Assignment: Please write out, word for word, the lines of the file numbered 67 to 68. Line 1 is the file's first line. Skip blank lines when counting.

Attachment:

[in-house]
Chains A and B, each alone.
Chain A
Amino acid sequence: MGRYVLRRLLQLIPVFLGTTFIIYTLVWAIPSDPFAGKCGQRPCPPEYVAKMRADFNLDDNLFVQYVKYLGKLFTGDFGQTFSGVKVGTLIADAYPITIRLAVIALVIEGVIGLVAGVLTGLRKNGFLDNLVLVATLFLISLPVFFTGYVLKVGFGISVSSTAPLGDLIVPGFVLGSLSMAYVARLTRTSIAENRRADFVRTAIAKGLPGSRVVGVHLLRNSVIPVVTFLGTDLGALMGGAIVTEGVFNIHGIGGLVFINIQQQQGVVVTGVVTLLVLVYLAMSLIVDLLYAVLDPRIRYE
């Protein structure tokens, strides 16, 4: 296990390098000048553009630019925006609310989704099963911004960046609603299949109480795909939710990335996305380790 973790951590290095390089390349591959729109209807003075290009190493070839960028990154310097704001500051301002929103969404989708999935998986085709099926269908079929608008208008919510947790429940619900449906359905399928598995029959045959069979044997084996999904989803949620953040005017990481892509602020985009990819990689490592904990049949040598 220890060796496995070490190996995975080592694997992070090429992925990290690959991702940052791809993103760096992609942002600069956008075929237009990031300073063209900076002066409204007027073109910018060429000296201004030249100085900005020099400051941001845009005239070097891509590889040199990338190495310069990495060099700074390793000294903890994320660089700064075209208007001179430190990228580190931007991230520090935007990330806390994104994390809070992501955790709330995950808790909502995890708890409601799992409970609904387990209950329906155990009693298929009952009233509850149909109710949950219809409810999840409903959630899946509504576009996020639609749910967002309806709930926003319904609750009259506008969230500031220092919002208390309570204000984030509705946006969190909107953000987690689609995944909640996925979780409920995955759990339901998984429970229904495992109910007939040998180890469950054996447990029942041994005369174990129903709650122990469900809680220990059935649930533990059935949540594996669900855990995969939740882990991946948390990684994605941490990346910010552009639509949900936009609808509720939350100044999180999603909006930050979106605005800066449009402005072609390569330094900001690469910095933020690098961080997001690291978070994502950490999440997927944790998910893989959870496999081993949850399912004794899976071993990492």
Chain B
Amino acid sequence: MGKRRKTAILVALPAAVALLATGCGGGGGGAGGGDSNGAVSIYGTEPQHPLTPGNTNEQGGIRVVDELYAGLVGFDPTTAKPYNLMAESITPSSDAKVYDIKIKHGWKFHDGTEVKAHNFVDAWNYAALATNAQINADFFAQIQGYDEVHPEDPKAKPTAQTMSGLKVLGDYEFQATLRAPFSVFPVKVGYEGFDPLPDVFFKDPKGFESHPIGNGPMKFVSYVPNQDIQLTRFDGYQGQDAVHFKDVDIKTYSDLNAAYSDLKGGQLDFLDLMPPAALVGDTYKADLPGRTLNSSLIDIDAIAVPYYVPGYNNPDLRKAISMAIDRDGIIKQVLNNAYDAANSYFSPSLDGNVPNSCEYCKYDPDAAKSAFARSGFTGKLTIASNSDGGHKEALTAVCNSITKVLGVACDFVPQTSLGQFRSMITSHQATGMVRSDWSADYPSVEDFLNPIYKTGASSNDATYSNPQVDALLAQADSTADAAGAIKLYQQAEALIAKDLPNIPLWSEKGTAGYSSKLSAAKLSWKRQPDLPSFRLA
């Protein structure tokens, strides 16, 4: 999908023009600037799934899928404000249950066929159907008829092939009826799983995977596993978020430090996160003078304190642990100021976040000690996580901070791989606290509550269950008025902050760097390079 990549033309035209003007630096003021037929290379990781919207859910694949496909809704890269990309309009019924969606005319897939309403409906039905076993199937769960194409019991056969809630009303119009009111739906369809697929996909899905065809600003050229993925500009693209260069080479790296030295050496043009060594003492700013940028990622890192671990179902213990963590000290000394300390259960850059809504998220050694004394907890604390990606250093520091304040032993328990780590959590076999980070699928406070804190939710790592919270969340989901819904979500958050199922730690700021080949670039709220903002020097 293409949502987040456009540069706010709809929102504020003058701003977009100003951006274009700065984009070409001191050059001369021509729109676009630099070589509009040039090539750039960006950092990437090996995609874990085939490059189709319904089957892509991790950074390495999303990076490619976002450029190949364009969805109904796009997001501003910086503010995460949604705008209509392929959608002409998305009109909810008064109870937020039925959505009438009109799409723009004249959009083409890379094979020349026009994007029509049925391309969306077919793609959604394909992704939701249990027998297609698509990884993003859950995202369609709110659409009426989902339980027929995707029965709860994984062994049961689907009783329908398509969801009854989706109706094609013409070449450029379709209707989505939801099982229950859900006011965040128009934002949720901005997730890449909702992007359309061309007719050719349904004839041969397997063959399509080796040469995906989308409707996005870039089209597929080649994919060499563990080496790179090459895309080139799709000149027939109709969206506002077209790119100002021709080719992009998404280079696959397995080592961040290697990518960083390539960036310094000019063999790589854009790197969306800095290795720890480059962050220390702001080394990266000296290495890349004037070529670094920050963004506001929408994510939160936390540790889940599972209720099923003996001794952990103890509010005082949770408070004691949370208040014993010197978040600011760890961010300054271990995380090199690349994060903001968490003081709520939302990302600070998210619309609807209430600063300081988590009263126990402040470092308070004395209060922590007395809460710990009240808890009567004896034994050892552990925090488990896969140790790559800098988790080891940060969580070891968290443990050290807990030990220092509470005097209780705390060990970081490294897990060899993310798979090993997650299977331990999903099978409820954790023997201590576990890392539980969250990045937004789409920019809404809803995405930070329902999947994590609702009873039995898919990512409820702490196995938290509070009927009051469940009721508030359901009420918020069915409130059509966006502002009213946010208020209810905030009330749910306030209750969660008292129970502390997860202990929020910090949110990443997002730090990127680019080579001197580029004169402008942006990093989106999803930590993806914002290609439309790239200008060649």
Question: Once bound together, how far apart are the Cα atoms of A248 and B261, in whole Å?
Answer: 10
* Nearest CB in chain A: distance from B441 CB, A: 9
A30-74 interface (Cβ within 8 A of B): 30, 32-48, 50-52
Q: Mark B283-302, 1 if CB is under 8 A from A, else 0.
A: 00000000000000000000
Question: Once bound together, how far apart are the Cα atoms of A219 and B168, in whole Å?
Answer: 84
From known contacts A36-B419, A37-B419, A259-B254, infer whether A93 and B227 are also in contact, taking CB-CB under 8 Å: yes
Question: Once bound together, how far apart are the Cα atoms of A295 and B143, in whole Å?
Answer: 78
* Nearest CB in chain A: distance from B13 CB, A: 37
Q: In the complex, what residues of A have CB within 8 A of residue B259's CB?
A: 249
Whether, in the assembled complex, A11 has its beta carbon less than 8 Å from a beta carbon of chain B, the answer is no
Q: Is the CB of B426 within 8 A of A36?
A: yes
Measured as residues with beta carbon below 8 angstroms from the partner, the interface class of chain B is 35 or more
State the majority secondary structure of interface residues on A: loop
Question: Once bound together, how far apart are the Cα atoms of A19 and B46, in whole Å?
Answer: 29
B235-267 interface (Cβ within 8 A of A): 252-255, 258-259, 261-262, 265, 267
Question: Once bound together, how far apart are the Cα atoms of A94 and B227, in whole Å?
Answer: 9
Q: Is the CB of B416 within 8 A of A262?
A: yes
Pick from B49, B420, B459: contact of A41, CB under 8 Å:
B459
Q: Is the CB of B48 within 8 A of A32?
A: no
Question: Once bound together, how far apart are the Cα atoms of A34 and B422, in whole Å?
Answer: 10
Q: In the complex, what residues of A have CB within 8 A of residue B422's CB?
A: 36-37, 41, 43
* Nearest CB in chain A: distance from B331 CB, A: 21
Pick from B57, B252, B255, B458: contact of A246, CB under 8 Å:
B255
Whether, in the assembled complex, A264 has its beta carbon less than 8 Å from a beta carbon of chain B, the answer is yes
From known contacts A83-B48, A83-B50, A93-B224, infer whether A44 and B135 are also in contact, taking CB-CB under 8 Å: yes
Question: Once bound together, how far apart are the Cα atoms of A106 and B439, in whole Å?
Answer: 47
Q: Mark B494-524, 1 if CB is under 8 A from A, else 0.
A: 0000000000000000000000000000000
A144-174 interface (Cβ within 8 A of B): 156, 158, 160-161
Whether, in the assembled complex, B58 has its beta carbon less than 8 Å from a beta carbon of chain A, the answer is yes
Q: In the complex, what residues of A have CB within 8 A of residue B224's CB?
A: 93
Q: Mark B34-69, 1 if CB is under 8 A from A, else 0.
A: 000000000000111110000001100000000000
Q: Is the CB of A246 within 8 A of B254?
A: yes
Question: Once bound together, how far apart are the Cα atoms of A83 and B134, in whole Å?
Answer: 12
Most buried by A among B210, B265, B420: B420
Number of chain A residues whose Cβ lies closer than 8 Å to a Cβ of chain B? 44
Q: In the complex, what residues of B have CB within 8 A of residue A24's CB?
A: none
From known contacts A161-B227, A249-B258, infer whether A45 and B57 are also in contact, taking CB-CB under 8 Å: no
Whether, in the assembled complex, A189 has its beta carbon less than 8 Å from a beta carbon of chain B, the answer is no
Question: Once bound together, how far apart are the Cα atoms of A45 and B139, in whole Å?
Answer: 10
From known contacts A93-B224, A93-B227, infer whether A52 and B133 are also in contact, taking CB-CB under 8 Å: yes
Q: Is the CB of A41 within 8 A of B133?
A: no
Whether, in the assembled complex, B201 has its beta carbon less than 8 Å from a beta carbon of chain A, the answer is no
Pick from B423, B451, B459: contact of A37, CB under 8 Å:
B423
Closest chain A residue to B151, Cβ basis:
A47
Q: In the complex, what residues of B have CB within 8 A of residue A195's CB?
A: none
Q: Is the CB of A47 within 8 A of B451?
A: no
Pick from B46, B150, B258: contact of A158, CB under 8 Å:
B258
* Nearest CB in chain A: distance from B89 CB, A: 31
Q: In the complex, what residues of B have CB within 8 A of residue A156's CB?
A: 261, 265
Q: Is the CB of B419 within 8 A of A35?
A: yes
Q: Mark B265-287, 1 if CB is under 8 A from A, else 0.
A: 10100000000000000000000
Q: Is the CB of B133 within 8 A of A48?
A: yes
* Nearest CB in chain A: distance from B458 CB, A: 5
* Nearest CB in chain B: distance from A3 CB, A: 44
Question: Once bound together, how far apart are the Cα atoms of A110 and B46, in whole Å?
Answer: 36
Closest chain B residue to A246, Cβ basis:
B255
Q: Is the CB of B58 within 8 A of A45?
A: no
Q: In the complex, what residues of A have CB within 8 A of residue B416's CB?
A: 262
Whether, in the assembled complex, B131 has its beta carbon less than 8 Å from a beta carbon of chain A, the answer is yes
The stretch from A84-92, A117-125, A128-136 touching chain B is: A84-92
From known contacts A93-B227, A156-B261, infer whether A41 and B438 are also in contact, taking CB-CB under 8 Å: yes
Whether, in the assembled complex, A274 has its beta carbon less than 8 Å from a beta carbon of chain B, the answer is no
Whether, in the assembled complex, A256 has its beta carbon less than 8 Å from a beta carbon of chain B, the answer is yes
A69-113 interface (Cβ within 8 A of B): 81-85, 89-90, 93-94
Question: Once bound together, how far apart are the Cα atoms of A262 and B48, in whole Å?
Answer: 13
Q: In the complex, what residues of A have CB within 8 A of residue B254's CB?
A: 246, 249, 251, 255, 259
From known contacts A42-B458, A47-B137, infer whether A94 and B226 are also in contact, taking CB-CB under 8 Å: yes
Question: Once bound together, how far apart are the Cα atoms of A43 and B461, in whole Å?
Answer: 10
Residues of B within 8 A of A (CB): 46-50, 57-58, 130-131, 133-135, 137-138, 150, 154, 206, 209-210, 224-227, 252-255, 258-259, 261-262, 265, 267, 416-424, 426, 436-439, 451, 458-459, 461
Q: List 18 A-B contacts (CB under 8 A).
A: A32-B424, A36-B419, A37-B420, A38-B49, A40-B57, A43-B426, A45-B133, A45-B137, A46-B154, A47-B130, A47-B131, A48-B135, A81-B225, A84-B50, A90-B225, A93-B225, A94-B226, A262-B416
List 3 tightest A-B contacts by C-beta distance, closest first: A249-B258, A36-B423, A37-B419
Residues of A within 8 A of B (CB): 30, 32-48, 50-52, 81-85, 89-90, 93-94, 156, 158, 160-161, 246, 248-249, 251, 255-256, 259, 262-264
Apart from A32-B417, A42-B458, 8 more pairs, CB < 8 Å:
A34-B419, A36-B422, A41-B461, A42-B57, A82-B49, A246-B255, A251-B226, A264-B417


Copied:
Whether, in the assembled complex, A189 has its beta carbon less than 8 Å from a beta carbon of chain B, the answer is no
Question: Once bound together, how far apart are the Cα atoms of A45 and B139, in whole Å?